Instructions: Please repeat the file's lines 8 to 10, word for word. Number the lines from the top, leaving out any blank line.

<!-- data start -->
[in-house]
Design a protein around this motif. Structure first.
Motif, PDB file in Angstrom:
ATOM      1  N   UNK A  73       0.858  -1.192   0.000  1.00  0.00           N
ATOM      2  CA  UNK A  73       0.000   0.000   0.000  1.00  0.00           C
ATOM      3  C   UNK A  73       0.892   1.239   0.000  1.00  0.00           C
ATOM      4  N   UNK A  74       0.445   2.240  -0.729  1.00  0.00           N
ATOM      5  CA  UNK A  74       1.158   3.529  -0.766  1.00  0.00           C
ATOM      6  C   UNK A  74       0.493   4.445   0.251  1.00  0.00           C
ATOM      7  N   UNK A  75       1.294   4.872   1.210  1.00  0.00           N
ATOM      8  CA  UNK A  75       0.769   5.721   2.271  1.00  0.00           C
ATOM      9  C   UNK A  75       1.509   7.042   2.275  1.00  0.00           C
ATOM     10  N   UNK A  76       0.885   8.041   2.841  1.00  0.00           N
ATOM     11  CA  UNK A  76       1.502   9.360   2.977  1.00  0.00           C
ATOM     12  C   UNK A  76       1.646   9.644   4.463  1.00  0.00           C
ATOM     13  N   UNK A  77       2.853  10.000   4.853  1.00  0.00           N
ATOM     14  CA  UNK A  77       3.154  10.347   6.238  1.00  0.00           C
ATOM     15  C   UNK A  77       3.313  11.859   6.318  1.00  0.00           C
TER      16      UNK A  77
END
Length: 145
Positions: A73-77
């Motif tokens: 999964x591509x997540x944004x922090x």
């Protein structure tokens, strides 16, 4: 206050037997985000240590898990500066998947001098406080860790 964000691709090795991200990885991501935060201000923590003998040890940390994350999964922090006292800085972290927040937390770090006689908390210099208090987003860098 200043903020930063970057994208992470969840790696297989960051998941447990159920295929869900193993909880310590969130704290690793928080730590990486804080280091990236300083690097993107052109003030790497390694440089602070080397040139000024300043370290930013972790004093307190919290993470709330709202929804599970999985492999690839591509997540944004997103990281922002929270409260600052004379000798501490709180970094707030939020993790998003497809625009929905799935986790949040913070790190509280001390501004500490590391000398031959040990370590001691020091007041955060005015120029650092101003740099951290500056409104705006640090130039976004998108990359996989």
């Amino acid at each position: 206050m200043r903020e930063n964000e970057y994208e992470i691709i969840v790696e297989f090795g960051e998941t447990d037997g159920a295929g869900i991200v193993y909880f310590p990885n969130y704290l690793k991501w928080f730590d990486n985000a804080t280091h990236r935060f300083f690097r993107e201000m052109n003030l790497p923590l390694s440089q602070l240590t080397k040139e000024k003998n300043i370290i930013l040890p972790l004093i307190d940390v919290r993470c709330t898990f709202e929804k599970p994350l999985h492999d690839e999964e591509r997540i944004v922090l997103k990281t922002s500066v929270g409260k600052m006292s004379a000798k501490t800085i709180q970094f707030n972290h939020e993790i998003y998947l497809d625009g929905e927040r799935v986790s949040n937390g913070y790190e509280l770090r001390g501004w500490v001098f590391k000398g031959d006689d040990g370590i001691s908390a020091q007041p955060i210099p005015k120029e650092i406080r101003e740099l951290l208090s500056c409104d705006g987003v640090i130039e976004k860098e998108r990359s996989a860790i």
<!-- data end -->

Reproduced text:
ATOM      5  CA  UNK A  74       1.158   3.529  -0.766  1.00  0.00           C
ATOM      6  C   UNK A  74       0.493   4.445   0.251  1.00  0.00           C
ATOM      7  N   UNK A  75       1.294   4.872   1.210  1.00  0.00           N